:(

—p.243 Westland (240) by Charles Baxter 6 months ago

“Now how about this?” Earl pointed an index finger toward a wooden construction that stood in the middle of his yard, running from one side to another: a play structure, with monkey bars and a swing set, a high perch like a ship’s crow’s nest, a set of tunnels to crawl through and climb on, and a little rope bridge between two towers. I had never seen anything like it, so much human effort expended on a backyard toy, this huge contraption.

I whistled. “It must have taken you years.”

“Eighteen months,” he said. “And she hasn’t played on it since she was twelve.” He shook his head. “I bought the wood and put it together piece by piece. She was only three years old when I did it, weekends when I wasn’t doing overtime at Ford’s. She was my assistant. She’d bring me nails. I told her to hold the hammer when I wasn’t using it, and she’d stand there, real serious, just holding the hammer. Of course now she’s too old for it. I have the biggest backyard toy in Michigan and a daughter who goes off to the zoo and spends the night there and that’s her idea of a good time.”

:(

—p.243 Westland (240) by Charles Baxter 6 months ago
253

“You haven’t heard what I’m about to say,” Earl told me.

“It’s why I’m calling you. It’s what she says.”

“What’s that?” I asked him.

“Not what I expected,” he said. “She pities me.”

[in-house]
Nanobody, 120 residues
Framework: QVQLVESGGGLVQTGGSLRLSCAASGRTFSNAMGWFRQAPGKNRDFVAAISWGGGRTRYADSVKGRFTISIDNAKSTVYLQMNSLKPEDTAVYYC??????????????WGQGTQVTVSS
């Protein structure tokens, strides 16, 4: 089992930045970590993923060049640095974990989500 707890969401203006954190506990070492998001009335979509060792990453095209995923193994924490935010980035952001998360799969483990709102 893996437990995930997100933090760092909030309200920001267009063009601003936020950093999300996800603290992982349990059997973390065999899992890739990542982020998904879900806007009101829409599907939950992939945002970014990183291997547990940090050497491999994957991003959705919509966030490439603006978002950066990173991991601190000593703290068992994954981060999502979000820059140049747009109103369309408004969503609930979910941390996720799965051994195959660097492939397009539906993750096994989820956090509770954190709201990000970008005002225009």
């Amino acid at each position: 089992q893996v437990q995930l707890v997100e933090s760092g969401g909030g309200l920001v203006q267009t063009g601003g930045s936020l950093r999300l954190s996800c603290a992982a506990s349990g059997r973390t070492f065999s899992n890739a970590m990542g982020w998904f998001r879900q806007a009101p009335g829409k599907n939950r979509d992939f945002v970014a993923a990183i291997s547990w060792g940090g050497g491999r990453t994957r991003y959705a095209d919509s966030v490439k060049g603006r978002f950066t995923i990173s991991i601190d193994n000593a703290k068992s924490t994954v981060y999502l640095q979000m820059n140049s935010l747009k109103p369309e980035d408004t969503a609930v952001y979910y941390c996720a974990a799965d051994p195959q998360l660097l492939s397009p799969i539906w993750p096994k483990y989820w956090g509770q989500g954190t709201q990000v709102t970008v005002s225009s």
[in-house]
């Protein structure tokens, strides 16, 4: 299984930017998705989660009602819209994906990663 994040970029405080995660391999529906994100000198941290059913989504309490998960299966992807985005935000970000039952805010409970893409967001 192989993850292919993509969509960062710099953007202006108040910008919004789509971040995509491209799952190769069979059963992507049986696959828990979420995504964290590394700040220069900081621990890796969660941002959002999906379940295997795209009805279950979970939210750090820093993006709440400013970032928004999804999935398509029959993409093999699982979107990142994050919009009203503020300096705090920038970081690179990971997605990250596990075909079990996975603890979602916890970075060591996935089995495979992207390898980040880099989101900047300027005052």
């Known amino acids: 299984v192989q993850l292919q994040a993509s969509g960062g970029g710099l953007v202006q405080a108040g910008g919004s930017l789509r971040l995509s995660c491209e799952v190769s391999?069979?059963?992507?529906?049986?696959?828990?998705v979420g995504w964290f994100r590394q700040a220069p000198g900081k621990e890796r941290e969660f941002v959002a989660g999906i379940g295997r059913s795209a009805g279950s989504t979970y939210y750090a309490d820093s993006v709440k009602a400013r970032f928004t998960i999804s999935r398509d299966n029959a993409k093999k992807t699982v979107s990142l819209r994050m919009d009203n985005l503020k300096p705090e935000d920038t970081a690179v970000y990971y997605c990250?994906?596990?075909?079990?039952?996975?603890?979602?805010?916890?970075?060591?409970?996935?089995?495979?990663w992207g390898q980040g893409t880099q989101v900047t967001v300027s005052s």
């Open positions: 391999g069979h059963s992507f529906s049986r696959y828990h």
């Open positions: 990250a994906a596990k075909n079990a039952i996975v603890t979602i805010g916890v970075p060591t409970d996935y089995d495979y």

“Well,” I said. More shots of the nuclear reactor. I was getting an idea.

“Well is right,” He took another breath. “First she says she loves me. That was shock number one. Then she says she feels sorry for me. That was shock number two. Because I work on the line at Ford’s and I drink beer and I live in Westland, Where does she get off? That’s what I’d like to know. She mentions the play structure. She feels sorry for me! My God, I always hated pity, I could never stand it. It weakens you. I never wanted anybody on earth pitying me, and now here’s my punk daughter doing it.”

“Earl, put that diary away,”

—p.253 Westland (240) by Charles Baxter 6 months ago

“You haven’t heard what I’m about to say,” Earl told me.

“It’s why I’m calling you. It’s what she says.”

“What’s that?” I asked him.

“Not what I expected,” he said. “She pities me.”

“Well,” I said. More shots of the nuclear reactor. I was getting an idea.

“Well is right,” He took another breath. “First she says she loves me. That was shock number one. Then she says she feels sorry for me. That was shock number two. Because I work on the line at Ford’s and I drink beer and I live in Westland, Where does she get off? That’s what I’d like to know. She mentions the play structure. She feels sorry for me! My God, I always hated pity, I could never stand it. It weakens you. I never wanted anybody on earth pitying me, and now here’s my punk daughter doing it.”

“Earl, put that diary away,”

—p.253 Westland (240) by Charles Baxter 6 months ago